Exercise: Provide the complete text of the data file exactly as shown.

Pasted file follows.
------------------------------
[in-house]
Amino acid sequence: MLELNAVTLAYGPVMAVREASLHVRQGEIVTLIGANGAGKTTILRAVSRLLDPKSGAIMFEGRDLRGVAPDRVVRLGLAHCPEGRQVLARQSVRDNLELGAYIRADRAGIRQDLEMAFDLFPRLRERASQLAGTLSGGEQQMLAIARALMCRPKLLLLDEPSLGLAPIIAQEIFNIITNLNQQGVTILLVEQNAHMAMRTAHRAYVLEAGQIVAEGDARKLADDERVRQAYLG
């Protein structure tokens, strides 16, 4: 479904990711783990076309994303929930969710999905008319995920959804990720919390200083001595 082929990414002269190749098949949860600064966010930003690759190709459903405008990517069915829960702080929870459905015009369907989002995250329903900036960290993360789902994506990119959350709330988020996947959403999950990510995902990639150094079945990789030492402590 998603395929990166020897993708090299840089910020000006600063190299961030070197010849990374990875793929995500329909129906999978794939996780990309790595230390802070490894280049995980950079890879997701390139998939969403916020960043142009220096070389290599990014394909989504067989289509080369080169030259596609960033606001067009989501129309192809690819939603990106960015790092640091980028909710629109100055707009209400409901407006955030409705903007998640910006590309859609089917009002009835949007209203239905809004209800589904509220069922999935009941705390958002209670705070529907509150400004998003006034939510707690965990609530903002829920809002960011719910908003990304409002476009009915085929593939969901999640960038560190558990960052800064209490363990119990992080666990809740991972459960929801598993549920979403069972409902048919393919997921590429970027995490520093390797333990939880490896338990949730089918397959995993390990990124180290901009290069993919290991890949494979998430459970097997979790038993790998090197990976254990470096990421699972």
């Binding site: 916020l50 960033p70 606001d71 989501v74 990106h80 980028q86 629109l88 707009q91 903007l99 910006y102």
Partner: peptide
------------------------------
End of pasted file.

[in-house]
Amino acid sequence: MLELNAVTLAYGPVMAVREASLHVRQGEIVTLIGANGAGKTTILRAVSRLLDPKSGAIMFEGRDLRGVAPDRVVRLGLAHCPEGRQVLARQSVRDNLELGAYIRADRAGIRQDLEMAFDLFPRLRERASQLAGTLSGGEQQMLAIARALMCRPKLLLLDEPSLGLAPIIAQEIFNIITNLNQQGVTILLVEQNAHMAMRTAHRAYVLEAGQIVAEGDARKLADDERVRQAYLG
């Protein structure tokens, strides 16, 4: 479904990711783990076309994303929930969710999905008319995920959804990720919390200083001595 082929990414002269190749098949949860600064966010930003690759190709459903405008990517069915829960702080929870459905015009369907989002995250329903900036960290993360789902994506990119959350709330988020996947959403999950990510995902990639150094079945990789030492402590 998603395929990166020897993708090299840089910020000006600063190299961030070197010849990374990875793929995500329909129906999978794939996780990309790595230390802070490894280049995980950079890879997701390139998939969403916020960043142009220096070389290599990014394909989504067989289509080369080169030259596609960033606001067009989501129309192809690819939603990106960015790092640091980028909710629109100055707009209400409901407006955030409705903007998640910006590309859609089917009002009835949007209203239905809004209800589904509220069922999935009941705390958002209670705070529907509150400004998003006034939510707690965990609530903002829920809002960011719910908003990304409002476009009915085929593939969901999640960038560190558990960052800064209490363990119990992080666990809740991972459960929801598993549920979403069972409902048919393919997921590429970027995490520093390797333990939880490896338990949730089918397959995993390990990124180290901009290069993919290991890949494979998430459970097997979790038993790998090197990976254990470096990421699972």
């Binding site: 916020l50 960033p70 606001d71 989501v74 990106h80 980028q86 629109l88 707009q91 903007l99 910006y102």
Partner: peptide